Young People Read Old SFF

Midnight by the Morphy Watch

Fritz Leiber

Young People Read Old SFF

27 Feb, 2022

This month’s selection is SF stalwart Fritz Leiber’s Midnight by the Morphy Watch, which as it happens I have not only read but read recently. I was not much impressed by the anthology that contained this story but I did like the Leiber. To quote:

There are a number of things that distinguish it from other stories of this sort, but the one that most caught my eye is that Ritter, having acquired a miraculous artifact, sets aside the temptation of chess success long enough to carry out a background investigation into the watch and the shop from which he purchased it. A precaution that most protagonists in such stories eschew. 

However, if there is one thing I’ve learned from the nearly seven years I’ve been curating Young People, it is that the overlap between my opinions and the Young People’s is often well short of one hundred percent. Let’s see what they thought. 


I am curious to see what other people have to say on this as I am struggling to think of any interesting comments I can make.

It seems to be a reasonable but quite hoary gothic story that just happens to be set in the world of chess. I wouldn’t have been surprised to read this in an old Weird Tales issue of the 40s.

Leiber is a great writer and it ticks along in a quite nice and atmospheric way, but not seeing much special.

Would love to see if anyone else sees anything more in it?


This feels retrograde, even for the 70s. Kris brought up Weird Tales but I think this also could’ve been submitted to Unknown. Wouldn’t be the first Uknown urban fantasy yarn featuring some schmuck who buys a mysterious supernatural object at a store that then exists stage left: see Robert Bloch’s The Cloak” and Theodore Sturgeon’s Shottle Bop.” In fairness to the schmuck of this particular story, Ritter already knew about the special Paul Morphy watch, so it’s not like he went in blind like a true dunce.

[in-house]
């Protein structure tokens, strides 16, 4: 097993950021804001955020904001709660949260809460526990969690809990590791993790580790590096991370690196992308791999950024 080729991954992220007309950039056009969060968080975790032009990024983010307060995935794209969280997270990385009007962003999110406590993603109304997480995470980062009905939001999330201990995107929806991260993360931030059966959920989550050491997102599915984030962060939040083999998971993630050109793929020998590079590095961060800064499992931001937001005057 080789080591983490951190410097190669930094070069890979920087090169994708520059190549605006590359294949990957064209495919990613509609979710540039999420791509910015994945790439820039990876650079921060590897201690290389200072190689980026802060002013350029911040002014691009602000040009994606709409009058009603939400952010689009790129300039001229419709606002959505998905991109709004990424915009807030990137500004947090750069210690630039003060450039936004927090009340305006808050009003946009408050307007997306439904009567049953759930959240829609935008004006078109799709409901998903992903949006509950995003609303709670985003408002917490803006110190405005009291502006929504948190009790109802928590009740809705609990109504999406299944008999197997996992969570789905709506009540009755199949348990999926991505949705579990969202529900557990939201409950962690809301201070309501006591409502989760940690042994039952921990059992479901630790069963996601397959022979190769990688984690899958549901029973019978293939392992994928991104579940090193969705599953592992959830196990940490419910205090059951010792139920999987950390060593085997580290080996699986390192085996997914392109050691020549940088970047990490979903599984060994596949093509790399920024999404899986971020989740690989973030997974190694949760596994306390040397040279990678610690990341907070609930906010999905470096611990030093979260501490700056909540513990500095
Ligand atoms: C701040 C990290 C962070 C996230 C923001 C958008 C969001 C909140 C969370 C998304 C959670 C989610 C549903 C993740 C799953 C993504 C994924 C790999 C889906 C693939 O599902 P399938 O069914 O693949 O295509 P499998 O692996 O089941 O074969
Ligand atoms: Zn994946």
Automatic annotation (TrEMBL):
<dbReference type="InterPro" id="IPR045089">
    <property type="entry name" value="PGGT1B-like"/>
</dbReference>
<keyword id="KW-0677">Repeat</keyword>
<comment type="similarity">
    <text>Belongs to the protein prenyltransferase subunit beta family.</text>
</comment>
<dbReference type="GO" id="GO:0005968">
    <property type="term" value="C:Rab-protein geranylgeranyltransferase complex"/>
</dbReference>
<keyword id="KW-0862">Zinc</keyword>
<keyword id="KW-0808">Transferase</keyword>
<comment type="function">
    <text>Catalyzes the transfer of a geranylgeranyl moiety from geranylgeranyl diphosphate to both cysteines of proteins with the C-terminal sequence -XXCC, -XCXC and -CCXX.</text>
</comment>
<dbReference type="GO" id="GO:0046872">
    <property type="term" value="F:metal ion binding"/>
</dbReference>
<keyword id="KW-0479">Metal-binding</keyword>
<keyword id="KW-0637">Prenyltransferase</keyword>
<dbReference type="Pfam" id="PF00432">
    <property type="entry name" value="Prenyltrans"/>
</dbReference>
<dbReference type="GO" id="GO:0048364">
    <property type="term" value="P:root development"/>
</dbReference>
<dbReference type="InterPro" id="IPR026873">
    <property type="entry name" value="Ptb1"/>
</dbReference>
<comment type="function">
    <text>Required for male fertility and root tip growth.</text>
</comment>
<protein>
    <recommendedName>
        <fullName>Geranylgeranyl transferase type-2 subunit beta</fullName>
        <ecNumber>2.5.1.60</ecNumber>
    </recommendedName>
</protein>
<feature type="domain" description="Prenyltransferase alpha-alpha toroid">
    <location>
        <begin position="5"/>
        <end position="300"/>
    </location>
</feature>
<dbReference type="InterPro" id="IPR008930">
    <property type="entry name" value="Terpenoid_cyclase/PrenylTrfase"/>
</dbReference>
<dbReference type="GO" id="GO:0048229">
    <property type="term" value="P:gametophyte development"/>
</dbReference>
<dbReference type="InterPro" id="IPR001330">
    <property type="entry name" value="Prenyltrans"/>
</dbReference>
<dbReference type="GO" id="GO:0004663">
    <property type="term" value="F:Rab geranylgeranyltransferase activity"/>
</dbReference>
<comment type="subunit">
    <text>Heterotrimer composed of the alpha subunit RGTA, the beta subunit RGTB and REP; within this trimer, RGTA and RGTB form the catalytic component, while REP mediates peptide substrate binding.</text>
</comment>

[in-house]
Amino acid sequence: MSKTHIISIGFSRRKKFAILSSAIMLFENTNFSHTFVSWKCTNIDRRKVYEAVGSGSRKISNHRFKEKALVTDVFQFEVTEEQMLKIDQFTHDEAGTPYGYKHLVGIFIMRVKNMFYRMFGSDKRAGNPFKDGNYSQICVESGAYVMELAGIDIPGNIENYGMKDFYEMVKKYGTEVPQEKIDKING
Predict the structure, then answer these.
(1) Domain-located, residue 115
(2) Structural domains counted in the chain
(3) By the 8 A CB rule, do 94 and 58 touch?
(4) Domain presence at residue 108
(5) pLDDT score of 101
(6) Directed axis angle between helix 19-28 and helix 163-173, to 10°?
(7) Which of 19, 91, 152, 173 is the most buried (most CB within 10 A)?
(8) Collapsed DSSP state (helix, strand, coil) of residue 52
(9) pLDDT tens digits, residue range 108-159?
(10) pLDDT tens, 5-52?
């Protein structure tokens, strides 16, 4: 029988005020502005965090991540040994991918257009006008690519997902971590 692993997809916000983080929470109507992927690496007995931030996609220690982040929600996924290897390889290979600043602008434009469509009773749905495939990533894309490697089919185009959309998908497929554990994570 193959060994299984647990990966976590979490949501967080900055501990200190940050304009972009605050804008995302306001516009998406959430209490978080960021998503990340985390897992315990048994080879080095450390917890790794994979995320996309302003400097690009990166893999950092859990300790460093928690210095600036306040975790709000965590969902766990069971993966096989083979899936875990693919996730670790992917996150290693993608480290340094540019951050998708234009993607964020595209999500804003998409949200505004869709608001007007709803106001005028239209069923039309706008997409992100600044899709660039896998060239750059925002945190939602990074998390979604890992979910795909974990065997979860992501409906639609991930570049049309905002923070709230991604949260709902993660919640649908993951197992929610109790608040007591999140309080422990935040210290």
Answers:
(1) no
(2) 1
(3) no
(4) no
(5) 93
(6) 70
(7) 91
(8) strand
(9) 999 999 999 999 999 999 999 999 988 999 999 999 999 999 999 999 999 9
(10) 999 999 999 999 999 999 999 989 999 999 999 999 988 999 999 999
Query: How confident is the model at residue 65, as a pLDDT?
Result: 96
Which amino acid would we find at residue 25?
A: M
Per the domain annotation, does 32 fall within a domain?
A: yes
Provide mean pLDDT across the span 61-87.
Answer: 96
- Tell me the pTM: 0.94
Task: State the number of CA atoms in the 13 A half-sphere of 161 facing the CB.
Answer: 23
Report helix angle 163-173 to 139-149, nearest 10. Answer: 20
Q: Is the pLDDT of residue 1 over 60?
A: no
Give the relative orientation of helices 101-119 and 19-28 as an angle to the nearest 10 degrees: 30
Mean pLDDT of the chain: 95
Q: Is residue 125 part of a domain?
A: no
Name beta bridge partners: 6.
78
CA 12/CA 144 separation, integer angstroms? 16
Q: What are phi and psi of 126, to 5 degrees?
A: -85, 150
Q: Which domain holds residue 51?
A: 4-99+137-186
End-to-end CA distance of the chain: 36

The irony is that Midnight by the Morphy Watch” holds up better than the last couple stories we’ve read, I think in no small part because it takes place in San Fran circa 1970 so the values dissonance is more expected. The unnamed Black character doesn’t even talk in that caricatured a fashion, although Fritz Leiber was notably one of the more left-leaning authors from Campbell’s roster. I’m not even sure if Leiber went to Campbell after 1950; he seemed far more at home with Galaxy and Fantastic. Jim Baen was also of the right-libertarian persuasion, but aside from some those darn liberals” moments he had good taste; a shame he only got a handful of issues for If before the publisher sank it, but at least we got a few years of Baen’s Galaxy.

In other words, I like this one a fair bit. It’s deceptively simple, despite some quirks, like I can’t help but get a hint of autobiography from Stirf Ritter-Rebel (a ridiculous name, but as Ritter points out, famous chess players tend to have goofy names), and of course Leiber (a couple awkward phrases aside) is a pretty capable stylist. I don’t think it’s a coincidence that Leiber played easily alongside authors 30 years his junior, at a time when standards for not-clunky writing in SFF were going way up. I’d check Midnight by the Morphy Watch” out, it’s good late-period Leiber and fairly indicative of what he’s all about.


For some reason I’m thinking of Or All the Seas with Oysters” again. Maybe because they’re both and then the inanimate objects come to kill you!” Or alternatively that one episode of Twilight Zone with the pool player once it comes out that he was sold it by a supposedly dead chess champion. I’m not sure I’d have kept reading this if not for the project, though; the beginning is mostly a very straightforward description of every detail of his day and I’m just like But… the plot? Where is the plot?” And even after that, it progresses very slowly through nothing much happening with a lot of detail about inconsequential things. I will give Ritter this much credit, though, he realized the thing was dangerous fairly quickly and got rid of it. Of course, he loses points for inflicting it on someone else because all of these stories have to have protagonists who do something to make themselves seem terrible. As far as I’m concerned this one’s all style and no substance.

I was, however, quite surprised to discover that blindfold chess is in fact a real thing.


I hated the narration style of this story. It took me a long time to read, because all the random extraneous detail about things that did not seem to have a purpose was annoying, and I would get bored and wander off to do something else. The story did not feel particularly interesting, it took FOREVER to get to the point (did it even have a point?), and I disliked the protagonist. Maybe it would have been marginally more interesting if I knew anything about chess, but I don’t, so I don’t even know if all the references the story made were real or invented.